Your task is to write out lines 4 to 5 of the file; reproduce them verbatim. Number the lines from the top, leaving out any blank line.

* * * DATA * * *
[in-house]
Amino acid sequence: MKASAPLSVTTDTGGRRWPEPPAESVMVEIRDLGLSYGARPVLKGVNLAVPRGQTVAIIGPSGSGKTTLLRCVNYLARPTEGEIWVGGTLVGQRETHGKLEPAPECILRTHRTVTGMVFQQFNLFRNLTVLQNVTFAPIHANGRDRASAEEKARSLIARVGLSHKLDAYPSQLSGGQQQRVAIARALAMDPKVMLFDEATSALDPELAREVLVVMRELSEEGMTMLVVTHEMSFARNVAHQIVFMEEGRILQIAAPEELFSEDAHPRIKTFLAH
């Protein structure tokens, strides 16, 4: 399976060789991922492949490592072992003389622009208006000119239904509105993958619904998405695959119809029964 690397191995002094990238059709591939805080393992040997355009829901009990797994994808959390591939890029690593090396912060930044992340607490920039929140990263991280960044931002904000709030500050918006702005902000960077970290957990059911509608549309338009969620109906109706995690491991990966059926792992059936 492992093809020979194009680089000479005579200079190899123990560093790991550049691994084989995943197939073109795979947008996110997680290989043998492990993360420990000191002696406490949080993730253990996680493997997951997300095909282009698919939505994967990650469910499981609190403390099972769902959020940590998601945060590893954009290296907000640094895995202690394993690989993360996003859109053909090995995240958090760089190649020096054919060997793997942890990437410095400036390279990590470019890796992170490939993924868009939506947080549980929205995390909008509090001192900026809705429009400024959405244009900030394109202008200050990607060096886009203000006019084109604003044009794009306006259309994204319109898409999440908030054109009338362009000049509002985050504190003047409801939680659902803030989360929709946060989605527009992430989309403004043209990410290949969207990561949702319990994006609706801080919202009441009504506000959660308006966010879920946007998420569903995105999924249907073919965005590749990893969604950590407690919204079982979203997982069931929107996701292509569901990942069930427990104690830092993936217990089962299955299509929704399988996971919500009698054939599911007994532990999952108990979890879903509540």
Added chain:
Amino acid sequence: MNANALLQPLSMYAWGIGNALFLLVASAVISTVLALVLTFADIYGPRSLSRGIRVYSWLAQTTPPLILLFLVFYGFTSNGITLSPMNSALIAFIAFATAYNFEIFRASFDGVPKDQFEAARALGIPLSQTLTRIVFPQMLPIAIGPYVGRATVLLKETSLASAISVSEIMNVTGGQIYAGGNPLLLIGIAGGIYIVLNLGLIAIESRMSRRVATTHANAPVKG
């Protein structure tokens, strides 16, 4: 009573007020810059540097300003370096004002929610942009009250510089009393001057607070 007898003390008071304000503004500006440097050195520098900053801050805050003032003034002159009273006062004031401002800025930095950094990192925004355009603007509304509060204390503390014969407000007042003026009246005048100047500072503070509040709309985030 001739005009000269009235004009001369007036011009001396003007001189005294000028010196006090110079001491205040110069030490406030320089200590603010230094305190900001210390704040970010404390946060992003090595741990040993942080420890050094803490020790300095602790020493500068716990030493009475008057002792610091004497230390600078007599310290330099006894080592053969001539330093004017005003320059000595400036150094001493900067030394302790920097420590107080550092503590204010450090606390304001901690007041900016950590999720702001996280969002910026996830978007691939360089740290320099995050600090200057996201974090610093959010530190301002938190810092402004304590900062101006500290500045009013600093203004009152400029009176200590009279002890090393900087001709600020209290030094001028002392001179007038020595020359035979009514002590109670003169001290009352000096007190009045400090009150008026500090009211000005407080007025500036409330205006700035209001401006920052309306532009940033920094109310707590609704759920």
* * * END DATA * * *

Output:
Added chain:
Amino acid sequence: MNANALLQPLSMYAWGIGNALFLLVASAVISTVLALVLTFADIYGPRSLSRGIRVYSWLAQTTPPLILLFLVFYGFTSNGITLSPMNSALIAFIAFATAYNFEIFRASFDGVPKDQFEAARALGIPLSQTLTRIVFPQMLPIAIGPYVGRATVLLKETSLASAISVSEIMNVTGGQIYAGGNPLLLIGIAGGIYIVLNLGLIAIESRMSRRVATTHANAPVKG